The Crimean War was a defining event in both European and Ottoman history, but it has principally been studied from the Europeans’ point of view. This study analyzes the role of the Ottoman Empire in the Crimean War and the War’s impact on the Ottoman state and Ottoman society. Based on hitherto unused Ottoman and Russian sources, it offers new insights into the Crimean War’s financial, social and political implications for the Empire, emphasizing the importance of the Ottomans as both actors and victims. In addition to analyzing Ottoman and European public opinion and the diplomatic, economic and political origins of the War, The Ottoman Crimean War (1853-1856) also contains a critical review of the voluminous existing literature on the subject.


Open Access

E-Book

Open Access

Biographical Note

Candan Badem, Ph.D. (2007) in Ottoman History, Sabancı University, is an assistant professor at the History department of Tunceli University, Turkey. He has written many articles and presented papers at various international symposia and conferences on the Crimean War.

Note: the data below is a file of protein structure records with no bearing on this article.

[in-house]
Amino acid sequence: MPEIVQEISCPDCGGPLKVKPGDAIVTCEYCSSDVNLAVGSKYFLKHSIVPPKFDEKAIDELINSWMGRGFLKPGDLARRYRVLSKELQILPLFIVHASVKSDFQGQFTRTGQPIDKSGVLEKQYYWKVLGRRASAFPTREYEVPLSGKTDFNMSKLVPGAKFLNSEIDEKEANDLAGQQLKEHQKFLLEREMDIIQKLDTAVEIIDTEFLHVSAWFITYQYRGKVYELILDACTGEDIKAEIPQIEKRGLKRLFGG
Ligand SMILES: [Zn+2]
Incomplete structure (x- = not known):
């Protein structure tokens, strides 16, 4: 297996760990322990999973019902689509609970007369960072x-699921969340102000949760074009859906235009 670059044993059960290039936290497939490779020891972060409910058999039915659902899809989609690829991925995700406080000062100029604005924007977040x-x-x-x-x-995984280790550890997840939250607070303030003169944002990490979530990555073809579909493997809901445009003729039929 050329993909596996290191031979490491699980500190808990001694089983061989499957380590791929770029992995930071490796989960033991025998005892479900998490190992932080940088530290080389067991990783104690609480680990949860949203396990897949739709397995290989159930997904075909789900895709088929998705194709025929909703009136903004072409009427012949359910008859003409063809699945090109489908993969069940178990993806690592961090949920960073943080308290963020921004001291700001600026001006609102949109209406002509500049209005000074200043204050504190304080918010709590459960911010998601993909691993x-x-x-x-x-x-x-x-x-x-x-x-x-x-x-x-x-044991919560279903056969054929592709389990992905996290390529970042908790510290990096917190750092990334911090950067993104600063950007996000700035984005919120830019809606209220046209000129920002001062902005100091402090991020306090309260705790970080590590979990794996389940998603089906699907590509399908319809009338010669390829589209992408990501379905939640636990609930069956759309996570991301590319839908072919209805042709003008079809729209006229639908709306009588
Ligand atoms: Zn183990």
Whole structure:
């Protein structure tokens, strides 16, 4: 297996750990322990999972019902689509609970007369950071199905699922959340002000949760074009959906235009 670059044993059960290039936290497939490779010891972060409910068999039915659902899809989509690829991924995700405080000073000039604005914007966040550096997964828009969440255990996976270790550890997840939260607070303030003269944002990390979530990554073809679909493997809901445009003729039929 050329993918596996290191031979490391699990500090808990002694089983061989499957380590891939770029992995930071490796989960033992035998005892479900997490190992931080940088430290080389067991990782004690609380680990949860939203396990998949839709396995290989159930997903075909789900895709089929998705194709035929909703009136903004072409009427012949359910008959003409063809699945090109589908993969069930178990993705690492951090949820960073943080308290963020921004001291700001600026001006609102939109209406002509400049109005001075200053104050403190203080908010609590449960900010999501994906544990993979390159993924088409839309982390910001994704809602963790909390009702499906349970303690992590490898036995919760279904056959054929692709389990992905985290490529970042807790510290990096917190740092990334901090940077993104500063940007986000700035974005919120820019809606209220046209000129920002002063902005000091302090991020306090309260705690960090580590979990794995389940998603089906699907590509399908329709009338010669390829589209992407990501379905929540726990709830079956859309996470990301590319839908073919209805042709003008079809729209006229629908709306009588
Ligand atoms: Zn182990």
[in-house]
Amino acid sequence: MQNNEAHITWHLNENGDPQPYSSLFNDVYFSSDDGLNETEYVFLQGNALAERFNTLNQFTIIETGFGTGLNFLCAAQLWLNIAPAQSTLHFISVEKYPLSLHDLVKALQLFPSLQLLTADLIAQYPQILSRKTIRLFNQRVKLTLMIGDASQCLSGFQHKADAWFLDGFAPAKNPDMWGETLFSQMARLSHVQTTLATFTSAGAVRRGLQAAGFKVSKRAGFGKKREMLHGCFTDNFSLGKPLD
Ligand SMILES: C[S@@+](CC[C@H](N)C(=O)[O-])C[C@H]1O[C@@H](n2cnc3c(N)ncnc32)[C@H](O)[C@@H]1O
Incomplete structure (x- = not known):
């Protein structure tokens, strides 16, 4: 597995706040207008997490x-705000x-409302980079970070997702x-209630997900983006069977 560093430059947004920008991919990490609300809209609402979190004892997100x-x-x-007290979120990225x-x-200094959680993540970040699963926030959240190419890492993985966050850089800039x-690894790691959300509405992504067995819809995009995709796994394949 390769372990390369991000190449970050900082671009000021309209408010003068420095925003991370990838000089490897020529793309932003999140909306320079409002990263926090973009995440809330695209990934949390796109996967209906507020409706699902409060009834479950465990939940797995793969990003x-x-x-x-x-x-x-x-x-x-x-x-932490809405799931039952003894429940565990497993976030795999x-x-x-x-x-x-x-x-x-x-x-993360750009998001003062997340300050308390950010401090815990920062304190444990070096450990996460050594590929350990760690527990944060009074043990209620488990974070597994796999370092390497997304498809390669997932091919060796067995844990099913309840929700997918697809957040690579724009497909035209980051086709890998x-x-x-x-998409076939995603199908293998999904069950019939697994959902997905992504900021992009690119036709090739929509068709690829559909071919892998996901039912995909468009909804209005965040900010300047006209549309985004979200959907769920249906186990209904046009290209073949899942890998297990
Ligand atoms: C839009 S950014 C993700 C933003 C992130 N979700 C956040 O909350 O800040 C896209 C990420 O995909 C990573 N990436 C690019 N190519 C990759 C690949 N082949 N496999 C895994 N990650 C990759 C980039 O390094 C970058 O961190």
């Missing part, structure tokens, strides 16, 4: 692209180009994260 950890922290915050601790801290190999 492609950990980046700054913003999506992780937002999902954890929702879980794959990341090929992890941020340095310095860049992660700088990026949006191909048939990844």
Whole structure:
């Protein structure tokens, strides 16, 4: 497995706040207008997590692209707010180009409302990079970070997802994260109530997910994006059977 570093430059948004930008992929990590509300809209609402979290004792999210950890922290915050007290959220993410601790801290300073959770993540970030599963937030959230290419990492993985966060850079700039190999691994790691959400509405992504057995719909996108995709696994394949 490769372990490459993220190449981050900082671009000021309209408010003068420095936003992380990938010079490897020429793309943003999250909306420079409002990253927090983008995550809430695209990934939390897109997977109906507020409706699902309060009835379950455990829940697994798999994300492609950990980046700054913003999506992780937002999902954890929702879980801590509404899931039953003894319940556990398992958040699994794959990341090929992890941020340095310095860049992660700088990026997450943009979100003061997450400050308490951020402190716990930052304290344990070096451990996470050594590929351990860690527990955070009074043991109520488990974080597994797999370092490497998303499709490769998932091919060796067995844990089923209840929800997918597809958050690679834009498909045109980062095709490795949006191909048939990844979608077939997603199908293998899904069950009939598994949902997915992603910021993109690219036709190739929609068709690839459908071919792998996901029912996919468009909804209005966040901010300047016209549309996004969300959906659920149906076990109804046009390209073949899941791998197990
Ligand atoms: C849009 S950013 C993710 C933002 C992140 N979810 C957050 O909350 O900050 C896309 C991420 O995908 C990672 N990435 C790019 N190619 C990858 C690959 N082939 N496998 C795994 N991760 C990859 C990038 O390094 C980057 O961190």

Review Quotes

“What makes this study so valuable is not just the inclusion of Ottoman sources but also the author's close examination of non-Ottoman, especially Russian, sources. Badem makes a major contribution to the study of the Crimean War.[…] Highly recommended.” R. W. Zens, Choice, October 2010

'Seeking to “reconstruct the narrative of the war as experienced by the Ottomans,” Badem examines the “conduct of the war itself … its implications, results, and impact upon the Ottoman state and society” (1). Badem’s book is the first monograph on the subject in any language that combines Russian and Ottoman sources and addresses Ottoman failures as well as successes.11 He devotes nearly onehalf of The Ottoman Crimean War to an analysis of major Ottoman battles, particularly the disastrous naval battle of Sinope in November 1853 and the extended campaign in the Caucasus. The book incorporates material from Ottoman Historical Archives (BOA), British National Archives (TNA), and RGVIA, as well as an impressive body of published primary and secondary sources'.
-- Mara Kozelsky, University of South Alabama, in Kritika, Fall 2012

Readership

All those interested in the Crimean War, military history, Ottoman history, European history and Russian history.